Doctor Love: You’re Listening, But Are You Hearing Your Partner?

One of the biggest obstacles preventing a relationship from achieving its full vibrational frequency of joy and connectedness is communication issues. No matter how similar two partners may be, they may differ greatly in terms of communication styles. Additionally, communication styles can shift during a relationship. Learning (or re-learning) how to communicate with your significant other can reignite the spark of love and take a relationship to greater heights and deeper fulfillment.


The Differences in the Queer Community

When it comes to discussions surrounding communication, it’s vital to touch on the topic of gender and sexuality. The way a heterosexual couple communicates won’t necessarily mirror the way a same-sex couple communicates. This is because, despite the relatively recent dramatic shift in ideas and opinions regarding gender and sexuality, many of us were (either consciously or unconsciously) taught communication skills intended to allow us to navigate a gender binary world.

Essentially, we learned that men and women communicate differently. Psych Central notes that cisgender men often learn to converse with a clear intention while cisgender women are usually taught to infuse their side of the conversation with emotion. Men also commonly stick to just the facts without offering many “unnecessary” details while women tend to take a more exploratory approach to their conversations.

Because listening is part of communication, Psych Central also touches on how men and women listen differently. Women communicate to increase intimacy, and to that end, they often listen with the intention of soothing rather than offering a solution. On the other hand, most men filter conversations down to the information needed to create a solution or offer words of wisdom.

The above includes sweeping generalizations that don’t necessarily account for queer people (or mental health disabilities and disorders). That said, most of us can at least identify with the above communication styles. Once you realize where you and your partner are individually positioned on the communication spectrum, you have a starting point for improving communication within your relationship. Listening and speaking from your opposite end of the spectrum could help you connect with your partner on a deeper level.


Tips for Improving Communication

Now that you have a better idea of where you and your partner may stumble in your communication, it’s time to talk about how to bridge any gaps that the two of you may experience.

Small talk. One tip that Psychology Today recommends is engaging in small talk. Because most couples don’t often engage in deep emotional conversations every day, they have to find other ways to regularly improve and sustain their connection, making small talk an excellent choice for this goal.

When talking about what restaurant to eat at or what to do this weekend, try to take a genuine interest in what your partner communicates. Look for opportunities to gauge your partner’s current emotional state and share what you feel at the moment, as well. Termed “detailed inquiry” by American psychologist Harry Stack Sullivan, this approach aims to uncover more about who a person is at her or his core.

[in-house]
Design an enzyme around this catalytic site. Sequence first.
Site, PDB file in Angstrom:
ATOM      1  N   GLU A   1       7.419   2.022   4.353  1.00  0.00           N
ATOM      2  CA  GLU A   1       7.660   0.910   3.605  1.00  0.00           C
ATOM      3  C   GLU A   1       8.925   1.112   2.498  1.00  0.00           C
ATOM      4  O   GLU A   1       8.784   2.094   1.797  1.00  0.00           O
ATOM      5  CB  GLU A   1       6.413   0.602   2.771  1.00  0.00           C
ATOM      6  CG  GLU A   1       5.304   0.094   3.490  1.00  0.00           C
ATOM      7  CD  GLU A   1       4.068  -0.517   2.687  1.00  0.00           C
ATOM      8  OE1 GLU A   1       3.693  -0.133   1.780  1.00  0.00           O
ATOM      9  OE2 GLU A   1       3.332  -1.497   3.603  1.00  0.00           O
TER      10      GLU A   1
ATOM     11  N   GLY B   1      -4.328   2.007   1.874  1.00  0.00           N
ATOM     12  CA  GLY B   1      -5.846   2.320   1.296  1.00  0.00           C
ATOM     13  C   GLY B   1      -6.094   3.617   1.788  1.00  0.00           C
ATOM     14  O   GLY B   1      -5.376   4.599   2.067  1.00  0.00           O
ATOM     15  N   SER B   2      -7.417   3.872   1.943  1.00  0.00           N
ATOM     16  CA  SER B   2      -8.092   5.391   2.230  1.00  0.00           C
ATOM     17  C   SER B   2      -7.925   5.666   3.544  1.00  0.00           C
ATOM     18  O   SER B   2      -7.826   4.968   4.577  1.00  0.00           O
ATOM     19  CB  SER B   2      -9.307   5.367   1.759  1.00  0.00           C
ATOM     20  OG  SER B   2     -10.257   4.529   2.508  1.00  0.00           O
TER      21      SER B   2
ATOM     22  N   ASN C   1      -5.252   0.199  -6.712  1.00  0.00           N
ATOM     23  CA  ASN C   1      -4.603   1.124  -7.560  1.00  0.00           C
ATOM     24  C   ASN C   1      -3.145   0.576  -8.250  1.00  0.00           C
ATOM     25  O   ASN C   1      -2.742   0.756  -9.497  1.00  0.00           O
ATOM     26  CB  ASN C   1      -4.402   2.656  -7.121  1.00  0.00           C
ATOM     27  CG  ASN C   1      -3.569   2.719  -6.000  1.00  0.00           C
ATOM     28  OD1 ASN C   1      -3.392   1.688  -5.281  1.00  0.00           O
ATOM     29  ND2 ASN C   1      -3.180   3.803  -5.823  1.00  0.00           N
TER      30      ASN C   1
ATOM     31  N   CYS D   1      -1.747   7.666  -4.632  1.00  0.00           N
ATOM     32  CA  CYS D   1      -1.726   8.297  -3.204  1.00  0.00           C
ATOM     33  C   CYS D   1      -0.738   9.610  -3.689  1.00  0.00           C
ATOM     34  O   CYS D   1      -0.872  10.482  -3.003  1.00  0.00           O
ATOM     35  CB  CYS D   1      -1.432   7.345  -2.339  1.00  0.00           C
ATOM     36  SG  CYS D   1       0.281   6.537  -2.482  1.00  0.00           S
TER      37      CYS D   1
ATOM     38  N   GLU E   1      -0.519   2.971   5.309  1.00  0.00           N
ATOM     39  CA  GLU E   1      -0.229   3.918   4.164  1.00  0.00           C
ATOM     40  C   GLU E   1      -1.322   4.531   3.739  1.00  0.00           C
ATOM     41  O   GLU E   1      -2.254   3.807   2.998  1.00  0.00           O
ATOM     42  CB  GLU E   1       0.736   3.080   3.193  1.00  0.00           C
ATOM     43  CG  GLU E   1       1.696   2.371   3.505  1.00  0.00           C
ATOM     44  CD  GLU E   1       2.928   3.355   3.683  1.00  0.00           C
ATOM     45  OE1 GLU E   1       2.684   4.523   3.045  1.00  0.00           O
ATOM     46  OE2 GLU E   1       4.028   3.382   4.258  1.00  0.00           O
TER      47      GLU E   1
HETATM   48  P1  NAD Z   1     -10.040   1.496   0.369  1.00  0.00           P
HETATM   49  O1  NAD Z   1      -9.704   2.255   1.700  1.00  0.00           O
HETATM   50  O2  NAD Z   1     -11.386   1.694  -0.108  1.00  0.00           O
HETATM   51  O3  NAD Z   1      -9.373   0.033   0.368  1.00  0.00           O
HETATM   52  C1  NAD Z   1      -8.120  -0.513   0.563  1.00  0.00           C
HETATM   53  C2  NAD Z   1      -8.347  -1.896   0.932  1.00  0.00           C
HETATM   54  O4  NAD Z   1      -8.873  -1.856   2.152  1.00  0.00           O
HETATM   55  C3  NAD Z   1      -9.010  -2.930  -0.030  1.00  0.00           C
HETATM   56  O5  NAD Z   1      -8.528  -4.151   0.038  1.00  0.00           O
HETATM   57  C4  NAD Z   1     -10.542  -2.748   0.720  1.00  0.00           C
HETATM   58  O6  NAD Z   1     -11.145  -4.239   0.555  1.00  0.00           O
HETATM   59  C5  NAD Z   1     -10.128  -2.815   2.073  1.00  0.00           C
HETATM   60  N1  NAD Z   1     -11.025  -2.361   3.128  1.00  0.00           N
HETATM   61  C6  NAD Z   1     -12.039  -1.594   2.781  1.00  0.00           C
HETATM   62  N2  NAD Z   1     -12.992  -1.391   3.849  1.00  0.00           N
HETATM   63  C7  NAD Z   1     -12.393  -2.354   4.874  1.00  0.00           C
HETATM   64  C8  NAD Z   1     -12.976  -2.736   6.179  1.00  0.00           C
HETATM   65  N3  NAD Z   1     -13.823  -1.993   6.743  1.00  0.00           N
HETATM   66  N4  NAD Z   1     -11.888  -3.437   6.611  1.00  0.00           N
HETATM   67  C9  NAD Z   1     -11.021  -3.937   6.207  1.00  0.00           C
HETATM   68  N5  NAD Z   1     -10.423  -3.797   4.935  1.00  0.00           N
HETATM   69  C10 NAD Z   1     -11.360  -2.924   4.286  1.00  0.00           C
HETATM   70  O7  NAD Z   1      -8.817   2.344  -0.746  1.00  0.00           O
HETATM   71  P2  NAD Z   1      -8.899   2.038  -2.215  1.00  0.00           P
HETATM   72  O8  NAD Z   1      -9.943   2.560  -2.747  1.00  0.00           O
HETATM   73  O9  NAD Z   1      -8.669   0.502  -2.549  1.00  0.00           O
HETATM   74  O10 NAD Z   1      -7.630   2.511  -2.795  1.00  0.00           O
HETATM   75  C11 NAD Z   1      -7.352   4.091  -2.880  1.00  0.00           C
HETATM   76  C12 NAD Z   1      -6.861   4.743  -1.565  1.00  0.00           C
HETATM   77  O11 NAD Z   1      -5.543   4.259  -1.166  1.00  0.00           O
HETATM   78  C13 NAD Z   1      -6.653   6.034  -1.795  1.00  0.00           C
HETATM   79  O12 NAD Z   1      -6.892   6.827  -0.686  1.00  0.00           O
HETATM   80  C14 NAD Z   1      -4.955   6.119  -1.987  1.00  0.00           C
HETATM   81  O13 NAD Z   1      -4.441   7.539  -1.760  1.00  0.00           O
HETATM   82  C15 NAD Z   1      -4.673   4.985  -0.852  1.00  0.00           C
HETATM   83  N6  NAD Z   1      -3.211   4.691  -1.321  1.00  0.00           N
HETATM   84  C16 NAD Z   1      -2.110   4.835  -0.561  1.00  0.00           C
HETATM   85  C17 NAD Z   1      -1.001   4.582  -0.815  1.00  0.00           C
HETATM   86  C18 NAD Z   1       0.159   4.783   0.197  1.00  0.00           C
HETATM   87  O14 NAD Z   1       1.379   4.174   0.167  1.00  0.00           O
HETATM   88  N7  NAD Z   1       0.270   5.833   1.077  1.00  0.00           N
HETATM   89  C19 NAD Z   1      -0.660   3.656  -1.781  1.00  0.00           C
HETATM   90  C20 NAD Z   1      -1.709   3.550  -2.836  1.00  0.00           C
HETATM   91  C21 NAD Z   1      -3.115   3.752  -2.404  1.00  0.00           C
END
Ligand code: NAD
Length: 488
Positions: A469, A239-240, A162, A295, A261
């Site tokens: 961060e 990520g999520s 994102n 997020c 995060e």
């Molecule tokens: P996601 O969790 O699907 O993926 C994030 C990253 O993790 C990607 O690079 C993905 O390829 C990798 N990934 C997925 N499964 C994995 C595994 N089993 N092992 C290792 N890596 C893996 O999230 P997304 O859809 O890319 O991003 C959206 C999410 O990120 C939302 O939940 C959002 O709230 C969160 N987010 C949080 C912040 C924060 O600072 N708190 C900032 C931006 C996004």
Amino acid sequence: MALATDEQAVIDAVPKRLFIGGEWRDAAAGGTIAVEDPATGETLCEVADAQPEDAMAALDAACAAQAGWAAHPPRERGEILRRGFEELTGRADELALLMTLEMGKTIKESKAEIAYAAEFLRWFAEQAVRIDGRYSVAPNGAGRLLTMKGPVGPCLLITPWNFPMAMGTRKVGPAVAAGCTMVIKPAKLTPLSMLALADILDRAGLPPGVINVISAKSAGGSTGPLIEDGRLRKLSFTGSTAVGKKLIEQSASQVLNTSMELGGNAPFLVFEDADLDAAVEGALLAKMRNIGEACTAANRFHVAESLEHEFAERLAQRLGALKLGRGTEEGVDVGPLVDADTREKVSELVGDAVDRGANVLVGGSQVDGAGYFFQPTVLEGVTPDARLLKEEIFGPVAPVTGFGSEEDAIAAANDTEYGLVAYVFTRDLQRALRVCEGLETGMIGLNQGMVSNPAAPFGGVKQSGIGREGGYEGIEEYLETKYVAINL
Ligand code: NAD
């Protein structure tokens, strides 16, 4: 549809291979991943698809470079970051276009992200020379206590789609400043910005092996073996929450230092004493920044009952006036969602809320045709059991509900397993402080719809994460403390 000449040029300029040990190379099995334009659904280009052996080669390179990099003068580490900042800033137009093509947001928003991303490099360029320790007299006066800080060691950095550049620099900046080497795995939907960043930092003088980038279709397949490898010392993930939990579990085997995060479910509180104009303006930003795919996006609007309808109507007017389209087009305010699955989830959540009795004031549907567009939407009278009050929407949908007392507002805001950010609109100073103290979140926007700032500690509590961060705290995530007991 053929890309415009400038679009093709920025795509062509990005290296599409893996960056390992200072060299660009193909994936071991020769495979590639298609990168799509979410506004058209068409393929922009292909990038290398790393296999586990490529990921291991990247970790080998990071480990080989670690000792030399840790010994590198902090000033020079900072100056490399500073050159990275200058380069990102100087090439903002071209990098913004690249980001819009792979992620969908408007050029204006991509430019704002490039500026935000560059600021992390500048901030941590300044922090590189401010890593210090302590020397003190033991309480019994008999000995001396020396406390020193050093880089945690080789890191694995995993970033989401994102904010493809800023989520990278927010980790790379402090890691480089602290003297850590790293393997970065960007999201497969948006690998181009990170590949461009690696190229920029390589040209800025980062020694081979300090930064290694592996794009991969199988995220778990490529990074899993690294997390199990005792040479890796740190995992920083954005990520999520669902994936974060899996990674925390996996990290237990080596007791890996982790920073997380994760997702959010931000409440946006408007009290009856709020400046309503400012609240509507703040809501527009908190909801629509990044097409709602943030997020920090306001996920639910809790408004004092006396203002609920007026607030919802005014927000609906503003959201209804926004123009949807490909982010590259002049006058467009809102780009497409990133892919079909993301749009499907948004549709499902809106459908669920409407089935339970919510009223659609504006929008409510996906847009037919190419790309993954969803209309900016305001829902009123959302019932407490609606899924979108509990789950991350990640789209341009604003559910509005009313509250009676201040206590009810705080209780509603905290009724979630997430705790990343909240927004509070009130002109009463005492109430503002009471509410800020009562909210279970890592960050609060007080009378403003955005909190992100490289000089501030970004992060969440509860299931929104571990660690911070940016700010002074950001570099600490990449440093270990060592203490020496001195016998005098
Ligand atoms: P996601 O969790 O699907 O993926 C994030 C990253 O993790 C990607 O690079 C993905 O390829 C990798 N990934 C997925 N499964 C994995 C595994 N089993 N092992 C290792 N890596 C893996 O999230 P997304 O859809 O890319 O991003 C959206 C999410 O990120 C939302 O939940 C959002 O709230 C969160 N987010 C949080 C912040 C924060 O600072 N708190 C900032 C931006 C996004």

Active hearing. Another way to strengthen communication in your relationship is to listen with intention. Diving deeper, you want to let your partner know that you aren’t just listening, but hearing, as well, which are two very different things. Non-verbal communication, such as occasionally nodding your head while your partner speaks, is undoubtedly vital, but so is indicating that you understand what your partner communicates. If your partner brings up a funny or touching anecdote, smile to show that you understand what’s being said. If your partner talks about having a bad day at work or a problem, you can take his/her/their hand. Because there may be times when you truly don’t understand what your partner is trying to say, don’t hesitate to ask for clarification, just make sure you ask for permission before interrupting.

Balance listening and speaking. One area where you may fall short in your relationship is balancing how much you talk with how much you listen. If you aren’t much of a talker, look for opportunities to open up with your partner and let him/her/them know what’s on your mind. Using the above tip about engaging in small talk is a good place to start. When you do share seemingly inconsequential details, look for opportunities to add your emotions or opinions to what you say. You never know when doing so could set the stage for an engaging conversation with your partner.

On the other hand, you may talk more than you listen. If you do, work on learning how to rephrase what your partner says to you, a technique that therapists call “reflecting.” Through rephrasing, you “translate” what your partner says in terms that you’re more familiar with, which better ensures there’s no unintentional miscommunication. Another way to listen more than you speak is to look for opportunities to include your partner in what you’re saying. No matter if you struggle with listening or talking, verbally communicate to your partner your desire to be better at either. Doing so shows you’re invested in your partner and your relationship.

Even if things are going well in your relationship, it doesn’t hurt to sharpen your communication skills. Never underestimate how staying tuned in to your partner can kindle your relationship and keep the heart fires burning.